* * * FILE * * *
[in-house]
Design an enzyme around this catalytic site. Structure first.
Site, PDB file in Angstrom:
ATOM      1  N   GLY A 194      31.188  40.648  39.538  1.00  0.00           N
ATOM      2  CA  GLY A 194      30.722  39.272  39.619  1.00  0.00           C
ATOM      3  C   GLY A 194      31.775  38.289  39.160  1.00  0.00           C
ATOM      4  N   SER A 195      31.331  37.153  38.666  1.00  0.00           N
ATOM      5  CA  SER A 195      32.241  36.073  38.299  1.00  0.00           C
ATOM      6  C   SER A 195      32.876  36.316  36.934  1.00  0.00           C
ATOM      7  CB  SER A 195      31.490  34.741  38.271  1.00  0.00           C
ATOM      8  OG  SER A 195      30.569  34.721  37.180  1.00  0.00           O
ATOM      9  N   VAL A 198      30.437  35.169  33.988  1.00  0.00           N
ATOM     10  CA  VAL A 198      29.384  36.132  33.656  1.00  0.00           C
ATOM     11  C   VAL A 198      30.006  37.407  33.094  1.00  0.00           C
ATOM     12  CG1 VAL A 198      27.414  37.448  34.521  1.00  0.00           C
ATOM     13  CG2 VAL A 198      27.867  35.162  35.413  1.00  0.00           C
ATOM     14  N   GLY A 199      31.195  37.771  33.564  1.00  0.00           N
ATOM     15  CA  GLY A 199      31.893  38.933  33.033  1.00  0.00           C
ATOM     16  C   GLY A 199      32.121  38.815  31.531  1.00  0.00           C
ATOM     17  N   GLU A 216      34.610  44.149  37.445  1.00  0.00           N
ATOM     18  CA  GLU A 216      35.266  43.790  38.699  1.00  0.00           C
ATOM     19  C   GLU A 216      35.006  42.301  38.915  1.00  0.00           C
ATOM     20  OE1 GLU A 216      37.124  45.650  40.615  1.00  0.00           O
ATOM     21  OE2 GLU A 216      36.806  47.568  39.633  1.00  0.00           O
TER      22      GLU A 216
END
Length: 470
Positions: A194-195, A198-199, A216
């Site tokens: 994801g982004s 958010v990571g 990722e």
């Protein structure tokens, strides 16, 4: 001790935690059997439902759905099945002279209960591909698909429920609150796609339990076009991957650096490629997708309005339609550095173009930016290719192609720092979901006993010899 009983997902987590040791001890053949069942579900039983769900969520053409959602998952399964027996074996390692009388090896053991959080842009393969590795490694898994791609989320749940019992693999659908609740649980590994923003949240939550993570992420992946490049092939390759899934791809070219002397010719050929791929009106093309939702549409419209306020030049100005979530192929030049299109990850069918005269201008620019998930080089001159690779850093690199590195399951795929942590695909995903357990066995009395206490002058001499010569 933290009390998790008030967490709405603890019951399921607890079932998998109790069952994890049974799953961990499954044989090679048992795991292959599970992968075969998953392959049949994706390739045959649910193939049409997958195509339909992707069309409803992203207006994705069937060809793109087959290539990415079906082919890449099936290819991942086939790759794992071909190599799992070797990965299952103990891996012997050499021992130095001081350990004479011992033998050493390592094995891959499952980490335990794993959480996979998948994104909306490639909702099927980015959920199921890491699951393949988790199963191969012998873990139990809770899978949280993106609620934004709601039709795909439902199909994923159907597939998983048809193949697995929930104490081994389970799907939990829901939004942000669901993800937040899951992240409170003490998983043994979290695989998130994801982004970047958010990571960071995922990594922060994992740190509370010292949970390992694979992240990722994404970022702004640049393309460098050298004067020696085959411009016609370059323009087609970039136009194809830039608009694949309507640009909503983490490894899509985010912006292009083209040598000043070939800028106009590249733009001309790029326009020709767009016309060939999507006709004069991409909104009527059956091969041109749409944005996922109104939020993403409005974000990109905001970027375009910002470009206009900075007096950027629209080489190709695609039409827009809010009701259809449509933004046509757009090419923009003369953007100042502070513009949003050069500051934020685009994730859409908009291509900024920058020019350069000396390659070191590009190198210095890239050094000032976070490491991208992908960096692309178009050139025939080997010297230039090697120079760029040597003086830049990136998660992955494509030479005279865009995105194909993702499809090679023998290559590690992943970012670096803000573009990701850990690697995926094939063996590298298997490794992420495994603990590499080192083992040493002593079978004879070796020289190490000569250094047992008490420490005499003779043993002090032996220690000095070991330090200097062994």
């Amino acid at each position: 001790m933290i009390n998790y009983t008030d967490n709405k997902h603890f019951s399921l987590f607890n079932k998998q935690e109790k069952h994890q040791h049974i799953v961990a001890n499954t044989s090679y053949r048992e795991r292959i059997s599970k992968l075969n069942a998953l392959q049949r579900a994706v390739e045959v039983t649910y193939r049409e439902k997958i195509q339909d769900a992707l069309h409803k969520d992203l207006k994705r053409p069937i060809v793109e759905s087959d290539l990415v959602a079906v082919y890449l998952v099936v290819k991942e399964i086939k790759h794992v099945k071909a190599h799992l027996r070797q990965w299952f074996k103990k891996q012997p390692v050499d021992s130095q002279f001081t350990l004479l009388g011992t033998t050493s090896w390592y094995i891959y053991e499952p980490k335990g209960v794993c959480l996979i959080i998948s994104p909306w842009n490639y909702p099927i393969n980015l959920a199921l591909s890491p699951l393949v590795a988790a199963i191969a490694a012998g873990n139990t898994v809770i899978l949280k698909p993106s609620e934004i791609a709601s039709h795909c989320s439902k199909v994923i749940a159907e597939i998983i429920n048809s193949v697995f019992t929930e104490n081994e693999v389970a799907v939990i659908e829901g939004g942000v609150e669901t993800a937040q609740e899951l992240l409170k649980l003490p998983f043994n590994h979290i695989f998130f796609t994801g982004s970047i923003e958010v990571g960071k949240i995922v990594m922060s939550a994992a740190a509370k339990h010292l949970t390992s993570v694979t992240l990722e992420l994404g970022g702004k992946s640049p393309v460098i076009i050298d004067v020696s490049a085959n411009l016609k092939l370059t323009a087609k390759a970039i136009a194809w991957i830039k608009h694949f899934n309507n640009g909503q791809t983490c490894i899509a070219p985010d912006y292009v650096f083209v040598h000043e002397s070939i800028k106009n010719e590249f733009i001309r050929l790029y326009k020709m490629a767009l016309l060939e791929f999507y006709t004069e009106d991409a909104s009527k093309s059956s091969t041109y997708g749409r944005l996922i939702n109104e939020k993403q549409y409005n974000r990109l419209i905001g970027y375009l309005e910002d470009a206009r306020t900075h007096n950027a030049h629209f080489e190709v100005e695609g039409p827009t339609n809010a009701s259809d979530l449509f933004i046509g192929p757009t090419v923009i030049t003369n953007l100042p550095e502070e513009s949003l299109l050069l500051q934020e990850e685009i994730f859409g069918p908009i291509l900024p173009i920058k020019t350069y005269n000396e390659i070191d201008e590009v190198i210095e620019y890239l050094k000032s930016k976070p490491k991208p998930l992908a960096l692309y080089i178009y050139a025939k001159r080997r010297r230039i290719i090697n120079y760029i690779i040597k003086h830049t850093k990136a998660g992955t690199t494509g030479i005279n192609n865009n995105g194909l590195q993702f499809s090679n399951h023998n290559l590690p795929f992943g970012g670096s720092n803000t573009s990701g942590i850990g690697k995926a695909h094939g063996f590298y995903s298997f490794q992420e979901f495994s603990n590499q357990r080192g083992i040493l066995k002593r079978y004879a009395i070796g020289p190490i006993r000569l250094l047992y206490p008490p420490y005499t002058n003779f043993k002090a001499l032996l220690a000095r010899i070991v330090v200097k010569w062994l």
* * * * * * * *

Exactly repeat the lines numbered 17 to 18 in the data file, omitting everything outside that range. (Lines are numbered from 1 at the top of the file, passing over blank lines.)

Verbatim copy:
ATOM     14  N   GLY A 199      31.195  37.771  33.564  1.00  0.00           N
ATOM     15  CA  GLY A 199      31.893  38.933  33.033  1.00  0.00           C